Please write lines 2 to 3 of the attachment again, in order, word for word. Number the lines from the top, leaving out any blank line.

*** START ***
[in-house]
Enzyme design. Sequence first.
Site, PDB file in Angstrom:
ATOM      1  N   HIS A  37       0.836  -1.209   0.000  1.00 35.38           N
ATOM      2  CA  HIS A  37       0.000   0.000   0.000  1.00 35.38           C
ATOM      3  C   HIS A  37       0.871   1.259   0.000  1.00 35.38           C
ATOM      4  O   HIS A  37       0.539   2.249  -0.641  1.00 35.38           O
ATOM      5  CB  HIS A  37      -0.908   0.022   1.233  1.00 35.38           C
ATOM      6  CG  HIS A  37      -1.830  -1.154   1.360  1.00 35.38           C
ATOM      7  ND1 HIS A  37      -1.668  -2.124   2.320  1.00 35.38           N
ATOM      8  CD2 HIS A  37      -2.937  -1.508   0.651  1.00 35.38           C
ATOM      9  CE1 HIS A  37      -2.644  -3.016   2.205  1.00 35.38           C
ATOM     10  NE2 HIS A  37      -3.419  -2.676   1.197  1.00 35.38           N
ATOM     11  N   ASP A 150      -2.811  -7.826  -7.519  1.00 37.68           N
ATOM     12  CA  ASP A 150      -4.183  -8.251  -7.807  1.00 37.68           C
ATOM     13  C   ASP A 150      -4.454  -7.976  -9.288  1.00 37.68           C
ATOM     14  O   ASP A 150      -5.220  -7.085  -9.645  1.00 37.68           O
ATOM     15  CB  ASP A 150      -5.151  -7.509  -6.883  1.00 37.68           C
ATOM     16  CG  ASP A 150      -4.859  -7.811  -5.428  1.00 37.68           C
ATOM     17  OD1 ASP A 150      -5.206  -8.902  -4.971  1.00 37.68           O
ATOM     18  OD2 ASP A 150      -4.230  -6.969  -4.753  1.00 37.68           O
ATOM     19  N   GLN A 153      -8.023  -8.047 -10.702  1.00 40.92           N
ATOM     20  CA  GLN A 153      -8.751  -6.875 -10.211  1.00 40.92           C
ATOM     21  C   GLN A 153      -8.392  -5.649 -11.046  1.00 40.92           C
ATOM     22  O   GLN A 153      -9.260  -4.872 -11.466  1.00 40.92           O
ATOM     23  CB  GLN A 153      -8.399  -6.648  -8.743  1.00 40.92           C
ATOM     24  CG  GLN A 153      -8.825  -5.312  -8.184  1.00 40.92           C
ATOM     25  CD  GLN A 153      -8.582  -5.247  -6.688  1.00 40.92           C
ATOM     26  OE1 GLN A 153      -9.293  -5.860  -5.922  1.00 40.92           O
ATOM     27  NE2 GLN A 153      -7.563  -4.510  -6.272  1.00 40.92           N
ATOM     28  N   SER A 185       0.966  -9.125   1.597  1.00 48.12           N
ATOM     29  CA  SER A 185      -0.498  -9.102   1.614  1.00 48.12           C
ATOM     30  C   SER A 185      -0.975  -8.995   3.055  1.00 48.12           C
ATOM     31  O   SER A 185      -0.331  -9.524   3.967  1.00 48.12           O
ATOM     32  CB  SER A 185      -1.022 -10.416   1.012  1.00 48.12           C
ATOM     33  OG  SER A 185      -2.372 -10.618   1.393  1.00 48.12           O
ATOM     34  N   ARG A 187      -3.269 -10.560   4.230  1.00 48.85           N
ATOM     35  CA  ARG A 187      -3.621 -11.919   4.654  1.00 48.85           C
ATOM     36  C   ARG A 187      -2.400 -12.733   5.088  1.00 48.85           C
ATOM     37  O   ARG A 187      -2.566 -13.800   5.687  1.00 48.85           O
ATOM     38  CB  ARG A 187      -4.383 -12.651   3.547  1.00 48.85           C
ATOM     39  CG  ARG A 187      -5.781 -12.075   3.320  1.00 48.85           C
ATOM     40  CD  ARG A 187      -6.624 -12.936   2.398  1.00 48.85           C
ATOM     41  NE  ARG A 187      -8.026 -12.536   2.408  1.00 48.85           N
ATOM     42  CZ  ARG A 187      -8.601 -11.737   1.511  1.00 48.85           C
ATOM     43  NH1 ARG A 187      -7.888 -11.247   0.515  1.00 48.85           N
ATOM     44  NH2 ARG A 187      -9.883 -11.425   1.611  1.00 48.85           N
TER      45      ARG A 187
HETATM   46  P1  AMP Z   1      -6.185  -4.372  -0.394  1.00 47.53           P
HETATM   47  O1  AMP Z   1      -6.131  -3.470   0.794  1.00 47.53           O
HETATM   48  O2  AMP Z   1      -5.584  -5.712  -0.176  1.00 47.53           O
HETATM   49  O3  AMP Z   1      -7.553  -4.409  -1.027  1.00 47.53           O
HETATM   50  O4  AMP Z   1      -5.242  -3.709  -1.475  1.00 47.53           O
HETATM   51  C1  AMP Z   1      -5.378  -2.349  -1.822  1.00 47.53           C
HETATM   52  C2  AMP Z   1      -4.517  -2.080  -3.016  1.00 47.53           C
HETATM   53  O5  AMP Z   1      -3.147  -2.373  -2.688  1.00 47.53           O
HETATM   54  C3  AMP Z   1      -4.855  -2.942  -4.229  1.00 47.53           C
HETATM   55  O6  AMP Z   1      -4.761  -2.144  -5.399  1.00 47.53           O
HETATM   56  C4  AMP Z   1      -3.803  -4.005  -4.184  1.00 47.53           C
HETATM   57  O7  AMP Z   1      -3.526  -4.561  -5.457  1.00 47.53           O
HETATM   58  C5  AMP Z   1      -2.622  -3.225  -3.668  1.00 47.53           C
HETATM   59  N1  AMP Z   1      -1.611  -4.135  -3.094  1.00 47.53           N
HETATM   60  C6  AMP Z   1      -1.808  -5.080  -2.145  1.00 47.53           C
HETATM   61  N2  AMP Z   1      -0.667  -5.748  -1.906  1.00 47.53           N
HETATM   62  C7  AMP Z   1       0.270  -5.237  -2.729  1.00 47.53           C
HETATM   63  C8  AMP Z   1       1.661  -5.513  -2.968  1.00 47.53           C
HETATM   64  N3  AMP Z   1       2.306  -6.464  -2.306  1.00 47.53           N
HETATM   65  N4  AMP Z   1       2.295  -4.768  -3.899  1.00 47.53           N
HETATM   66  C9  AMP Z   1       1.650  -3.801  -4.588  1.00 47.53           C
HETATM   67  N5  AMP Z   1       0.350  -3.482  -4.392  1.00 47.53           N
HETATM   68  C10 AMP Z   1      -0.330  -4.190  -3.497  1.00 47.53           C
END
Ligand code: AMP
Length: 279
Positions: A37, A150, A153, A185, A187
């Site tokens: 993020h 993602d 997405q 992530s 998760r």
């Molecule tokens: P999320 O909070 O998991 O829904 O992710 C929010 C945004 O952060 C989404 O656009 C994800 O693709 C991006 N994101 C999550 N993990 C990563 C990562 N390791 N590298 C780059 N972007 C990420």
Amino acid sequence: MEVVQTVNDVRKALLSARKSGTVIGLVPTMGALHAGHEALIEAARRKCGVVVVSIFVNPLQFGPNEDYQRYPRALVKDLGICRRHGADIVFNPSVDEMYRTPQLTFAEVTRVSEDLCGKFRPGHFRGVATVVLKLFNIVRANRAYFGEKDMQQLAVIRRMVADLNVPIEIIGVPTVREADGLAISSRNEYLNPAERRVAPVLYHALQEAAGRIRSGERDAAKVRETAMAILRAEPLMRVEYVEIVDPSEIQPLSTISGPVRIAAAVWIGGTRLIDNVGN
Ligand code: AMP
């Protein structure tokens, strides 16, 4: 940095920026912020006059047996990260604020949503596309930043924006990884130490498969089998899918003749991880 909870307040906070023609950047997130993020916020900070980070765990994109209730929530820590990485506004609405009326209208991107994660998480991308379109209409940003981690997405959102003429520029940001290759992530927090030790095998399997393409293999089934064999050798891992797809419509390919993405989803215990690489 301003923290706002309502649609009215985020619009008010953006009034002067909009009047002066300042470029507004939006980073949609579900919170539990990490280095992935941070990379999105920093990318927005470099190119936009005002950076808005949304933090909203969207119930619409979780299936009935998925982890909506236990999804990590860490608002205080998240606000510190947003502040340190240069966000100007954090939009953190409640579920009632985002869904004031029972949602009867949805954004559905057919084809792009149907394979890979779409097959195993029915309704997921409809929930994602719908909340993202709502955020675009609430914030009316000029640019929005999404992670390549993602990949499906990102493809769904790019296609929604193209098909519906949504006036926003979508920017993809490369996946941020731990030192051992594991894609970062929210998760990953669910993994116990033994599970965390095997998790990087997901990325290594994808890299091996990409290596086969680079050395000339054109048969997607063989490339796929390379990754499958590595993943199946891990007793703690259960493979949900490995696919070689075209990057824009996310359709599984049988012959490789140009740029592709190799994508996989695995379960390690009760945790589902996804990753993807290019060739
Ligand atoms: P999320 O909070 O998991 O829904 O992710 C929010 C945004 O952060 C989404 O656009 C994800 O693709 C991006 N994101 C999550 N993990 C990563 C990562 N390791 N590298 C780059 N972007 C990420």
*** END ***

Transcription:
Enzyme design. Sequence first.
Site, PDB file in Angstrom: